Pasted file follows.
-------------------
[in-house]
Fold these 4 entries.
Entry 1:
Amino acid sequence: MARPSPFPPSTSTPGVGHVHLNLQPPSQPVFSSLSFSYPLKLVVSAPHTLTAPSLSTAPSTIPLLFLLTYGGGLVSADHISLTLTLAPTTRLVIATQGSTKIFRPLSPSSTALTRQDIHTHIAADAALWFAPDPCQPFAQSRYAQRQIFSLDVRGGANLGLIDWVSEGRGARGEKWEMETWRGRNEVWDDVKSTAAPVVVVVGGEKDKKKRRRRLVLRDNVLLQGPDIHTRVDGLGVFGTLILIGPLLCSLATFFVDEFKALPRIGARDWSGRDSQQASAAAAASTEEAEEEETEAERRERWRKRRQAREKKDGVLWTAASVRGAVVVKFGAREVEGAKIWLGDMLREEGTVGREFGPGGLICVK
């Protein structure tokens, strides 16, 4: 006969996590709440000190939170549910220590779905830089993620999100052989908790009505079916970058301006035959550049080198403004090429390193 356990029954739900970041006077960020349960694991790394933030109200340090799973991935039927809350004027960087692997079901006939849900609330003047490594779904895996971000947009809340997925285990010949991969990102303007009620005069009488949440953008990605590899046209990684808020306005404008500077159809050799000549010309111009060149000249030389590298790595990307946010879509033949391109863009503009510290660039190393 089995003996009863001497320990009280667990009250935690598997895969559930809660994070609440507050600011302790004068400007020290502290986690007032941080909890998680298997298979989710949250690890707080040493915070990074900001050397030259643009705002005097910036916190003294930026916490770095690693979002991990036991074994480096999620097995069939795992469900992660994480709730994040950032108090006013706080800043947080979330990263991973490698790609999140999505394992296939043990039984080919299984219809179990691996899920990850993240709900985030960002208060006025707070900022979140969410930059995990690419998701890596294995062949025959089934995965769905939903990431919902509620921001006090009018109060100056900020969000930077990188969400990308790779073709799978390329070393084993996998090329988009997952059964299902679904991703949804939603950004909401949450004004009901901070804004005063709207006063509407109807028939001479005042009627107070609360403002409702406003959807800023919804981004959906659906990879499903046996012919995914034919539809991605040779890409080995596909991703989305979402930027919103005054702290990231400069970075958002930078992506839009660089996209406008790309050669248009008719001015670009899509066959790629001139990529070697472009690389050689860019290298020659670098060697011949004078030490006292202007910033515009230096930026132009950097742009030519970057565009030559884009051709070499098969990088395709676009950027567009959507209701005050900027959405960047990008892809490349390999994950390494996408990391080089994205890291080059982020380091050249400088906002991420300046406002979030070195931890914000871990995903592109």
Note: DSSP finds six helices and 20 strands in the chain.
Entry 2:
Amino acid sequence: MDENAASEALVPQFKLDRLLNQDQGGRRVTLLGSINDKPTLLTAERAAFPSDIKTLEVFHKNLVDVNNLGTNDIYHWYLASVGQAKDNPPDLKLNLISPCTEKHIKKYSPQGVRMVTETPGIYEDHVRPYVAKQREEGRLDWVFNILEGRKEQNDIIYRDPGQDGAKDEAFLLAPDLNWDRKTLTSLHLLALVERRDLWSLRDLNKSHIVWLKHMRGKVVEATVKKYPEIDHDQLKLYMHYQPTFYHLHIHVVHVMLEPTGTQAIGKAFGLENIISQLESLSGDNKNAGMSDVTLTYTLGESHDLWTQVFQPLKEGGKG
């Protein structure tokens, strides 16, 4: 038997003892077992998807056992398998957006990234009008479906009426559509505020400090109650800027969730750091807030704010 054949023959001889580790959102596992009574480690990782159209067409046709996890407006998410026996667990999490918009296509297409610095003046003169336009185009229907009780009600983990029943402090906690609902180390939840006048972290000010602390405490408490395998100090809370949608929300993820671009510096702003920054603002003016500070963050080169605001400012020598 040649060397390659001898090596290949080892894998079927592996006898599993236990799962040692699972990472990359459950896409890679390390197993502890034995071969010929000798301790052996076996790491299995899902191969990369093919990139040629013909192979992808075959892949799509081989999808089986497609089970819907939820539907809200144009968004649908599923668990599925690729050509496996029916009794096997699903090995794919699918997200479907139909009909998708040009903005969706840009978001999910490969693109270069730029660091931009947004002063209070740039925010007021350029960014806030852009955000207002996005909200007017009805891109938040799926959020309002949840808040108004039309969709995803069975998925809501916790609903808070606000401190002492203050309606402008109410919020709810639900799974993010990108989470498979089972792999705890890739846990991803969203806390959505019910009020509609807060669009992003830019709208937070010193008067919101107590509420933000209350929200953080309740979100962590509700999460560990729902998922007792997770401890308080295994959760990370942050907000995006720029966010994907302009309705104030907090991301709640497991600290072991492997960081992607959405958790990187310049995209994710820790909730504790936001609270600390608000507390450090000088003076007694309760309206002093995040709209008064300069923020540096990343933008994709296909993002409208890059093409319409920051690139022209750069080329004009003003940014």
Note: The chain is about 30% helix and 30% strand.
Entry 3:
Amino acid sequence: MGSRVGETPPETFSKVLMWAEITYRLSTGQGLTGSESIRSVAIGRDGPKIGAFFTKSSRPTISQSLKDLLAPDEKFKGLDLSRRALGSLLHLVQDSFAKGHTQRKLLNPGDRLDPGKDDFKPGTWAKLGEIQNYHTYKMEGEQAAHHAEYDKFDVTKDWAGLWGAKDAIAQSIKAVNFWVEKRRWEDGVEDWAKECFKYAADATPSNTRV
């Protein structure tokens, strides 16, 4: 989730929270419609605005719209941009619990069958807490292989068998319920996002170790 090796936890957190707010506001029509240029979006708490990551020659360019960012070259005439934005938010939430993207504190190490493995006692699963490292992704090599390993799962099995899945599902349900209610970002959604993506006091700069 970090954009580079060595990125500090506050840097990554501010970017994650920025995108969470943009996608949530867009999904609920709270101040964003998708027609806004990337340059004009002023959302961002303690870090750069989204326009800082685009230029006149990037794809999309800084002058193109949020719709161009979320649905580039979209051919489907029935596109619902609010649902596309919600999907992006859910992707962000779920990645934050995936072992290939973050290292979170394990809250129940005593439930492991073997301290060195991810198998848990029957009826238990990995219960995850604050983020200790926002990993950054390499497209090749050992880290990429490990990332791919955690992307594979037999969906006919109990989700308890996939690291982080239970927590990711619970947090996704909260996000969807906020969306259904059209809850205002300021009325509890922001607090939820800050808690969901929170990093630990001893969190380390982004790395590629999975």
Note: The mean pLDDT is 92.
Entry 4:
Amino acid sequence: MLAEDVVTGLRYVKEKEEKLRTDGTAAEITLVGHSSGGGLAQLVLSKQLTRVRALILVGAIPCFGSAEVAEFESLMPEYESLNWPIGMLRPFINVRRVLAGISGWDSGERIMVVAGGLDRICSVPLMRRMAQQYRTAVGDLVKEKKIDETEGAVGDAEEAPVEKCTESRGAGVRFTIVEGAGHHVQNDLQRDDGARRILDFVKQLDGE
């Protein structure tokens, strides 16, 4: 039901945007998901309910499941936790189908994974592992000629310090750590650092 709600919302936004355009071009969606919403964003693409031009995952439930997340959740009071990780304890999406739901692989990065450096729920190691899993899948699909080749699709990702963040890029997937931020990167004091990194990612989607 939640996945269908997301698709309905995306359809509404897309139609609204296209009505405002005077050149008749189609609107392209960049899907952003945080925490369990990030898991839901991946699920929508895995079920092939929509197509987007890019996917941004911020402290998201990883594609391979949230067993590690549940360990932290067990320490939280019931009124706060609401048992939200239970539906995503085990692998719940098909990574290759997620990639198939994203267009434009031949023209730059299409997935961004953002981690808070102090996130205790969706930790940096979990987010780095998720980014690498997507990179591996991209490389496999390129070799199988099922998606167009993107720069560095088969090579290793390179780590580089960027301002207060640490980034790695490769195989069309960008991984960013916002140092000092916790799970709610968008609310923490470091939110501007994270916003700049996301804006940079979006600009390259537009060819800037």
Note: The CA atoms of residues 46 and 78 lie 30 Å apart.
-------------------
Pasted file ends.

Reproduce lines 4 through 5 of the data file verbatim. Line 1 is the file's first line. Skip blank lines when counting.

Amino acid sequence: MARPSPFPPSTSTPGVGHVHLNLQPPSQPVFSSLSFSYPLKLVVSAPHTLTAPSLSTAPSTIPLLFLLTYGGGLVSADHISLTLTLAPTTRLVIATQGSTKIFRPLSPSSTALTRQDIHTHIAADAALWFAPDPCQPFAQSRYAQRQIFSLDVRGGANLGLIDWVSEGRGARGEKWEMETWRGRNEVWDDVKSTAAPVVVVVGGEKDKKKRRRRLVLRDNVLLQGPDIHTRVDGLGVFGTLILIGPLLCSLATFFVDEFKALPRIGARDWSGRDSQQASAAAAASTEEAEEEETEAERRERWRKRRQAREKKDGVLWTAASVRGAVVVKFGAREVEGAKIWLGDMLREEGTVGREFGPGGLICVK
């Protein structure tokens, strides 16, 4: 006969996590709440000190939170549910220590779905830089993620999100052989908790009505079916970058301006035959550049080198403004090429390193 356990029954739900970041006077960020349960694991790394933030109200340090799973991935039927809350004027960087692997079901006939849900609330003047490594779904895996971000947009809340997925285990010949991969990102303007009620005069009488949440953008990605590899046209990684808020306005404008500077159809050799000549010309111009060149000249030389590298790595990307946010879509033949391109863009503009510290660039190393 089995003996009863001497320990009280667990009250935690598997895969559930809660994070609440507050600011302790004068400007020290502290986690007032941080909890998680298997298979989710949250690890707080040493915070990074900001050397030259643009705002005097910036916190003294930026916490770095690693979002991990036991074994480096999620097995069939795992469900992660994480709730994040950032108090006013706080800043947080979330990263991973490698790609999140999505394992296939043990039984080919299984219809179990691996899920990850993240709900985030960002208060006025707070900022979140969410930059995990690419998701890596294995062949025959089934995965769905939903990431919902509620921001006090009018109060100056900020969000930077990188969400990308790779073709799978390329070393084993996998090329988009997952059964299902679904991703949804939603950004909401949450004004009901901070804004005063709207006063509407109807028939001479005042009627107070609360403002409702406003959807800023919804981004959906659906990879499903046996012919995914034919539809991605040779890409080995596909991703989305979402930027919103005054702290990231400069970075958002930078992506839009660089996209406008790309050669248009008719001015670009899509066959790629001139990529070697472009690389050689860019290298020659670098060697011949004078030490006292202007910033515009230096930026132009950097742009030519970057565009030559884009051709070499098969990088395709676009950027567009959507209701005050900027959405960047990008892809490349390999994950390494996408990391080089994205890291080059982020380091050249400088906002991420300046406002979030070195931890914000871990995903592109």